Overtime pay at the city of Los Angeles hit an all-time high of $521 million last year, up 13 percent from the year prior and 110 percent since 2013, according to a review of newly released pay data from TransparentCalifornia.com.
The city’s top OT earner was firefighter Donn Thompson, who collected $363,605 in overtime pay to boost his total cash earnings to $499,731 last year.
Remarkably, Thompson was only the city’s 4th highest paid worker last year. The city’s top three earners were:
- Chief Port Pilot John Dwyer, who was paid $522,946.
- Chief Port Pilot David Flinn, who was paid $514,264.
- Fire Captain Charles Boswell, who was paid $504,380.
Median earnings for full-time, year-round city workers were $111,370 last year, and $159,304 when the cost of employer-paid health and retirement benefits are included.
The median private-sector worker, meanwhile, earned $44,675 in 2018, according to the most recent data available from the US Census Bureau.
$100K+ OT Payouts up 245%
The city’s rapidly escalating overtime pay is also evident on an individual basis, with a record-high 587 city employees collecting overtime pay of $100,000 or more last year, up 245 percent from 2013 and 1,857 percent from 2011:
Most OT Goes to Police and Fire
While fire department employees dominated the top of the individual overtime pay list, it was the police department that saw the largest growth in total overtime pay since 2013. The $184 million the police department spent last year in overtime pay was more than seven times the $24 million spent in 2013.
The two departments combined accounted for $394 million, or 76 percent, of the city’s total overtime expenses last year.
Union Rules, Workers’ Comp Main Drivers
While some news reports have suggested without evidence that recent wildfires are to blame for soaring overtime pay at the fire department, the data indicate otherwise for at least two reasons. First, the duration of the trend makes recent events incapable of being its underlying cause. Second, overtime pay increased the most when wildfire activity fell to the lowest level on record.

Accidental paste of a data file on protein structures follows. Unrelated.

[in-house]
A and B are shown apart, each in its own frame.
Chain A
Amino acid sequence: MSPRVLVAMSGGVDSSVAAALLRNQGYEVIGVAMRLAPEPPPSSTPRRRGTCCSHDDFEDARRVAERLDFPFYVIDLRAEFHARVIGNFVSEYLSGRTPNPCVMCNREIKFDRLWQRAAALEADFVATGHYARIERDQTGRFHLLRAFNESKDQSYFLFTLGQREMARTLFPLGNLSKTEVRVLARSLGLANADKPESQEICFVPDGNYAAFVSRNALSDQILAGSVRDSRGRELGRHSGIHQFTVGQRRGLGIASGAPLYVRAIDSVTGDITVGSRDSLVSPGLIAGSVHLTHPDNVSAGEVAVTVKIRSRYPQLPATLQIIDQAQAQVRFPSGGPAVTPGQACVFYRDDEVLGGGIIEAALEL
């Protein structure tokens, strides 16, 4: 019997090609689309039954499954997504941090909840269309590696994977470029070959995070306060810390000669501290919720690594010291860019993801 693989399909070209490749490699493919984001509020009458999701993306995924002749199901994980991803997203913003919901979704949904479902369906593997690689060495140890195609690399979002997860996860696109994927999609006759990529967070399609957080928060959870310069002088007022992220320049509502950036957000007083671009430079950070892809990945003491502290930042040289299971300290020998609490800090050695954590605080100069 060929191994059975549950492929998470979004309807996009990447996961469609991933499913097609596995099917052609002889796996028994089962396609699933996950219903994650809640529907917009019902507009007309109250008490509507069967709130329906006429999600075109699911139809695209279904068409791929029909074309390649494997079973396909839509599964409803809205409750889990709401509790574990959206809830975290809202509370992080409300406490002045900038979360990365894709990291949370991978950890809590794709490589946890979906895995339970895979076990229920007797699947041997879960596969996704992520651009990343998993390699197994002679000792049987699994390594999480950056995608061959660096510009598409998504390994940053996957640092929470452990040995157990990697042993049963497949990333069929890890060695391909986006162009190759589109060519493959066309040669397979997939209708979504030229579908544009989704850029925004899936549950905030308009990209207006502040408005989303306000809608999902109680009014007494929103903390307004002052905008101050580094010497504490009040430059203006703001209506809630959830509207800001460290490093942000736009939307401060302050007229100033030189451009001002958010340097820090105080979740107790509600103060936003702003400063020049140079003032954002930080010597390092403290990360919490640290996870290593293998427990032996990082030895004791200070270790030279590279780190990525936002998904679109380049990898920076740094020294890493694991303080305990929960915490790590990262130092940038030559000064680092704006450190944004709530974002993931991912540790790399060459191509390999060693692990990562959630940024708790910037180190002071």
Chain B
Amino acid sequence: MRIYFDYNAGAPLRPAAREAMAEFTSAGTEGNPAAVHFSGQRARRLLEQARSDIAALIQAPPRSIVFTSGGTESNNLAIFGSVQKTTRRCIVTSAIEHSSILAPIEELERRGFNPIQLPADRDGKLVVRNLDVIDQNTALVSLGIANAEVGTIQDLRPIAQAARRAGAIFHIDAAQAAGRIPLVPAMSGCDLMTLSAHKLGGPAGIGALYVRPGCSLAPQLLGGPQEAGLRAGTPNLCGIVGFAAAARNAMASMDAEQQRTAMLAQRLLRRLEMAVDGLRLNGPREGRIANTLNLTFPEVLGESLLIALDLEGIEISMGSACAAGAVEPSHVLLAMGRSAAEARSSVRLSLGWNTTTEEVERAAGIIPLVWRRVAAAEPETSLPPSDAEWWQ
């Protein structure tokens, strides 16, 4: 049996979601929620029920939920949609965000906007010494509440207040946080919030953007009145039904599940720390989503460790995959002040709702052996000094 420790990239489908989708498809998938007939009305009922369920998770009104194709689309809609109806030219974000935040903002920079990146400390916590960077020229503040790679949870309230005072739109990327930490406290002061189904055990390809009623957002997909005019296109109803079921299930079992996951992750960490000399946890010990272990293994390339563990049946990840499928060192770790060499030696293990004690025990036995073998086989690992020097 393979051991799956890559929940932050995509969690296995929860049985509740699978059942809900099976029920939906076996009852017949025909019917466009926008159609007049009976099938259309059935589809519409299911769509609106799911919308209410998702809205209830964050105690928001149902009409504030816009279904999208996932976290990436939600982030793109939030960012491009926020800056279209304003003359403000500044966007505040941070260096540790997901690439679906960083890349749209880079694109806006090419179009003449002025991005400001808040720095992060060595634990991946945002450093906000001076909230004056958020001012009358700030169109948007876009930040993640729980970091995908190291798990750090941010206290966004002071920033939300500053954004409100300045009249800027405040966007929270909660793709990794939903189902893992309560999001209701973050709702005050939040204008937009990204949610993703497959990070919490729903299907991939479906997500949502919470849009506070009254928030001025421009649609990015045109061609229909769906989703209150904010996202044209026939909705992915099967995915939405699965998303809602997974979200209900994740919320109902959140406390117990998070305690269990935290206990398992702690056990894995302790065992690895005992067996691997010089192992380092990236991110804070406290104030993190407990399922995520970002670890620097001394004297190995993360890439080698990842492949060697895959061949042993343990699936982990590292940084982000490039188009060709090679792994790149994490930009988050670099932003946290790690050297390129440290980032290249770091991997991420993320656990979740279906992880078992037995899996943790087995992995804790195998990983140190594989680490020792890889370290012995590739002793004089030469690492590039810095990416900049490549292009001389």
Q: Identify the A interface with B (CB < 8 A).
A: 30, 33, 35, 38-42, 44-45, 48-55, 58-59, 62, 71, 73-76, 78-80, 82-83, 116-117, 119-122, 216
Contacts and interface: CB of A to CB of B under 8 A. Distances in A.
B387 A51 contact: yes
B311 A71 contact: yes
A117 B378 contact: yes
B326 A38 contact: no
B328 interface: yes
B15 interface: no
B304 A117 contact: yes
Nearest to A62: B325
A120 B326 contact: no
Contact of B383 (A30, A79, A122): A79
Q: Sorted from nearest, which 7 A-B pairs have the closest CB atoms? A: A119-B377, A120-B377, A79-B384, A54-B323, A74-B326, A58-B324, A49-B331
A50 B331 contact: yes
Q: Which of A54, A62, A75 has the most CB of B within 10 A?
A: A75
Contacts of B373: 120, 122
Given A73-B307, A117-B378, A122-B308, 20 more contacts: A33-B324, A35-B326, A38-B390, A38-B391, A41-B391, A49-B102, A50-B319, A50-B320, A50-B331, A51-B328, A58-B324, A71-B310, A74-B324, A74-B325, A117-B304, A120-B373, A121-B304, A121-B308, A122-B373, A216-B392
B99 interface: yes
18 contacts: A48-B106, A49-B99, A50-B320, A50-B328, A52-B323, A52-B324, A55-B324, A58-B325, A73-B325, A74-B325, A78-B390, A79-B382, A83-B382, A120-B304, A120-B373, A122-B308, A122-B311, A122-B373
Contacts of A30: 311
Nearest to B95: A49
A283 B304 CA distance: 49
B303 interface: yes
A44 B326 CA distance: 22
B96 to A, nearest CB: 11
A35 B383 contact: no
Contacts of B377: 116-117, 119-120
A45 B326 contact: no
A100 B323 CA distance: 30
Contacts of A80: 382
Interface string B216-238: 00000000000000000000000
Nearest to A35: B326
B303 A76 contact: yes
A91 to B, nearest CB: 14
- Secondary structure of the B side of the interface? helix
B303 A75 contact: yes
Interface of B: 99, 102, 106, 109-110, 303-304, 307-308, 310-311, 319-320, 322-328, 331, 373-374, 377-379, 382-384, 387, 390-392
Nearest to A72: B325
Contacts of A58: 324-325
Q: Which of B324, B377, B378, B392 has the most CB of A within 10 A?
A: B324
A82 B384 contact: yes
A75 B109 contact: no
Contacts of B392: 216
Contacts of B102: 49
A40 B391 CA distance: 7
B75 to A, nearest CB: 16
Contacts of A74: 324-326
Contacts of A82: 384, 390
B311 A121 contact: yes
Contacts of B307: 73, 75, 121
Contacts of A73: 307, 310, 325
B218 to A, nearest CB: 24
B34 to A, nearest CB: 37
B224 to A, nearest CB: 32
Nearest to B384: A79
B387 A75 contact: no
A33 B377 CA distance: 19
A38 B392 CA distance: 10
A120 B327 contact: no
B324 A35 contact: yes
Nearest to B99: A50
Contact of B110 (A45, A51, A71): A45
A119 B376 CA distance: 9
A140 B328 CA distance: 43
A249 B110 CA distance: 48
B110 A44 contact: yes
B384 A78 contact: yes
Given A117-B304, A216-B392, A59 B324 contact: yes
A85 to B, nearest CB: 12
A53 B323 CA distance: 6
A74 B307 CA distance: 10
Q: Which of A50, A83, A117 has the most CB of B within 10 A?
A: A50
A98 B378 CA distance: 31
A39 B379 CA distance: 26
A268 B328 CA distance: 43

Instead, soaring overtime pay for police and fire employees is driven primarily by lucrative rules written into union contracts, as well as an incredibly large number of worker’s compensation claims. Such claims require others to fill in for those out on paid leave, thus increasing overtime costs. A 2015 audit revealed that 66 percent of fire department employees filed at least one workers’ comp claim in the past three years, with 33 percent of fire department employees reporting that they were aware of at least one “questionable” claim filed by a colleague.
A current city firefighter speaking on the condition of anonymity to Transparent California earlier this year confirmed that this issue persists, and noted that once an employee is granted paid leave under the workers’ compensation program, there is little if any follow-up to ensure their return in a timely manner.
New Feature: Averages by Job Title
Transparent California has just added a feature that allows users to view the average compensation received by job title. The average city security officer, for example, made $77,670 last year. Employees performing that same job for the Los Angeles Department of Water and Power, however, made $134,570.
To explore the just-released 2019 dataset in a searchable and downloadable format, please visit TransparentCalifornia.com.
For more information, please contact Robert Fellner at 559-462-0122 or Robert@TransparentCalifornia.com.
Transparent California is California’s largest and most comprehensive database of public sector compensation and is a project of the Nevada Policy Research Institute, a nonpartisan, free-market think tank. The website is used by millions of Californians each year, including elected officials and lawmakers, government employees and their unions, government agencies, university researchers, the media, and concerned citizens alike. Learn more at TransparentCalifornia.com.